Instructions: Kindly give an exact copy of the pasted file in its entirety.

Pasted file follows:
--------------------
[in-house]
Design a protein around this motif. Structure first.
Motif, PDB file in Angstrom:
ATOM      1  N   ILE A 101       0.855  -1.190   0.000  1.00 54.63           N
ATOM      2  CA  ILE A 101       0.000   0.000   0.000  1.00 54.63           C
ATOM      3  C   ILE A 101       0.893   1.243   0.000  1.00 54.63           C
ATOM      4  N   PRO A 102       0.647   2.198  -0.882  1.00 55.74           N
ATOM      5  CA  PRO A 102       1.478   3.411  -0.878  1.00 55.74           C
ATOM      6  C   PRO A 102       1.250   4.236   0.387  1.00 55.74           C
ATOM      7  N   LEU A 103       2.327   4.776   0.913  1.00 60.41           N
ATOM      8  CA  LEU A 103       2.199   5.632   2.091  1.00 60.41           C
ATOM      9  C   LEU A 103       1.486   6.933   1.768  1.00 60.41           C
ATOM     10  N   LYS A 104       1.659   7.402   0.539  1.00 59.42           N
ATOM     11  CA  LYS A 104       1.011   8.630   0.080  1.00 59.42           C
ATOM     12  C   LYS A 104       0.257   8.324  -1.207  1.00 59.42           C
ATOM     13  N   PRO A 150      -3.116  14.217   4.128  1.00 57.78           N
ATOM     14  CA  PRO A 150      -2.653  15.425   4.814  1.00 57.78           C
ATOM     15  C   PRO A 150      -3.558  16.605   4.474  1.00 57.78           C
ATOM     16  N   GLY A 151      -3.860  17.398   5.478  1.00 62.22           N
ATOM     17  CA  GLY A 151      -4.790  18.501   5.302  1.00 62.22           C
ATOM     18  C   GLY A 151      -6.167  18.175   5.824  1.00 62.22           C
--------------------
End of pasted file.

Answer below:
[in-house]
Design a protein around this motif. Structure first.
Motif, PDB file in Angstrom:
ATOM      1  N   ILE A 101       0.855  -1.190   0.000  1.00 54.63           N
ATOM      2  CA  ILE A 101       0.000   0.000   0.000  1.00 54.63           C
ATOM      3  C   ILE A 101       0.893   1.243   0.000  1.00 54.63           C
ATOM      4  N   PRO A 102       0.647   2.198  -0.882  1.00 55.74           N
ATOM      5  CA  PRO A 102       1.478   3.411  -0.878  1.00 55.74           C
ATOM      6  C   PRO A 102       1.250   4.236   0.387  1.00 55.74           C
ATOM      7  N   LEU A 103       2.327   4.776   0.913  1.00 60.41           N
ATOM      8  CA  LEU A 103       2.199   5.632   2.091  1.00 60.41           C
ATOM      9  C   LEU A 103       1.486   6.933   1.768  1.00 60.41           C
ATOM     10  N   LYS A 104       1.659   7.402   0.539  1.00 59.42           N
ATOM     11  CA  LYS A 104       1.011   8.630   0.080  1.00 59.42           C
ATOM     12  C   LYS A 104       0.257   8.324  -1.207  1.00 59.42           C
ATOM     13  N   PRO A 150      -3.116  14.217   4.128  1.00 57.78           N
ATOM     14  CA  PRO A 150      -2.653  15.425   4.814  1.00 57.78           C
ATOM     15  C   PRO A 150      -3.558  16.605   4.474  1.00 57.78           C
ATOM     16  N   GLY A 151      -3.860  17.398   5.478  1.00 62.22           N
ATOM     17  CA  GLY A 151      -4.790  18.501   5.302  1.00 62.22           C
ATOM     18  C   GLY A 151      -6.167  18.175   5.824  1.00 62.22           C